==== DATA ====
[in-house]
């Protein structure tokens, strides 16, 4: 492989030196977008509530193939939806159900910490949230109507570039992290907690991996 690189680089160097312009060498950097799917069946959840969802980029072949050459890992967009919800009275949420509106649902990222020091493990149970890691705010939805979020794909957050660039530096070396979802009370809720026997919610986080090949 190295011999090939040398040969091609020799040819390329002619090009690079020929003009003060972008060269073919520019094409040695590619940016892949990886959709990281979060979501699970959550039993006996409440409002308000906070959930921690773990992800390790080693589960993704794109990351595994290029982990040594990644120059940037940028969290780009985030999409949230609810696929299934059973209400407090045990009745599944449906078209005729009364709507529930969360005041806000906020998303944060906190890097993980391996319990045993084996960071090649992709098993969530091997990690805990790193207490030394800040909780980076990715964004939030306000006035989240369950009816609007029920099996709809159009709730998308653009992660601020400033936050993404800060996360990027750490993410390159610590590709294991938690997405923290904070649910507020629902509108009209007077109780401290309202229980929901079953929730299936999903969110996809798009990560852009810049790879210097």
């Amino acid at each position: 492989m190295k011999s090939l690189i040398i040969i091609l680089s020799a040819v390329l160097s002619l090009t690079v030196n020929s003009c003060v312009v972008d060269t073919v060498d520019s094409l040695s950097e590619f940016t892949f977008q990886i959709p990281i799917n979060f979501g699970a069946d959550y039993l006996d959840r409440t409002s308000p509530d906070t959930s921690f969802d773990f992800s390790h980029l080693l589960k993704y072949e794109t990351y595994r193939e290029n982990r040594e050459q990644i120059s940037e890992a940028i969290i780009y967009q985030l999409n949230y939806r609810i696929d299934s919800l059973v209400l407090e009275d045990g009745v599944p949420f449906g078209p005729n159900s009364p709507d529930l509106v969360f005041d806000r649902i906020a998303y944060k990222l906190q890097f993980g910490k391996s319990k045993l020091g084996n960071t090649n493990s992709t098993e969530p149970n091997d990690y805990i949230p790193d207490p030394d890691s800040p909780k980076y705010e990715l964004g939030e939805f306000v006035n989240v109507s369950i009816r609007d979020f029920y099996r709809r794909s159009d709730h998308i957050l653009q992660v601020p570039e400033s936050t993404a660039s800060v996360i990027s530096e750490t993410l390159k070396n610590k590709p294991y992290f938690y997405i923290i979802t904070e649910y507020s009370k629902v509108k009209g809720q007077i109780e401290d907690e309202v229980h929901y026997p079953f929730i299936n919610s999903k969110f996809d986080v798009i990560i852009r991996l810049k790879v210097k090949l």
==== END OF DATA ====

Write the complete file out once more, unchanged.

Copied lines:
[in-house]
């Protein structure tokens, strides 16, 4: 492989030196977008509530193939939806159900910490949230109507570039992290907690991996 690189680089160097312009060498950097799917069946959840969802980029072949050459890992967009919800009275949420509106649902990222020091493990149970890691705010939805979020794909957050660039530096070396979802009370809720026997919610986080090949 190295011999090939040398040969091609020799040819390329002619090009690079020929003009003060972008060269073919520019094409040695590619940016892949990886959709990281979060979501699970959550039993006996409440409002308000906070959930921690773990992800390790080693589960993704794109990351595994290029982990040594990644120059940037940028969290780009985030999409949230609810696929299934059973209400407090045990009745599944449906078209005729009364709507529930969360005041806000906020998303944060906190890097993980391996319990045993084996960071090649992709098993969530091997990690805990790193207490030394800040909780980076990715964004939030306000006035989240369950009816609007029920099996709809159009709730998308653009992660601020400033936050993404800060996360990027750490993410390159610590590709294991938690997405923290904070649910507020629902509108009209007077109780401290309202229980929901079953929730299936999903969110996809798009990560852009810049790879210097």
């Amino acid at each position: 492989m190295k011999s090939l690189i040398i040969i091609l680089s020799a040819v390329l160097s002619l090009t690079v030196n020929s003009c003060v312009v972008d060269t073919v060498d520019s094409l040695s950097e590619f940016t892949f977008q990886i959709p990281i799917n979060f979501g699970a069946d959550y039993l006996d959840r409440t409002s308000p509530d906070t959930s921690f969802d773990f992800s390790h980029l080693l589960k993704y072949e794109t990351y595994r193939e290029n982990r040594e050459q990644i120059s940037e890992a940028i969290i780009y967009q985030l999409n949230y939806r609810i696929d299934s919800l059973v209400l407090e009275d045990g009745v599944p949420f449906g078209p005729n159900s009364p709507d529930l509106v969360f005041d806000r649902i906020a998303y944060k990222l906190q890097f993980g910490k391996s319990k045993l020091g084996n960071t090649n493990s992709t098993e969530p149970n091997d990690y805990i949230p790193d207490p030394d890691s800040p909780k980076y705010e990715l964004g939030e939805f306000v006035n989240v109507s369950i009816r609007d979020f029920y099996r709809r794909s159009d709730h998308i957050l653009q992660v601020p570039e400033s936050t993404a660039s800060v996360i990027s530096e750490t993410l390159k070396n610590k590709p294991y992290f938690y997405i923290i979802t904070e649910y507020s009370k629902v509108k009209g809720q007077i109780e401290d907690e309202v229980h929901y026997p079953f929730i299936n919610s999903k969110f996809d986080v798009i990560i852009r991996l810049k790879v210097k090949l």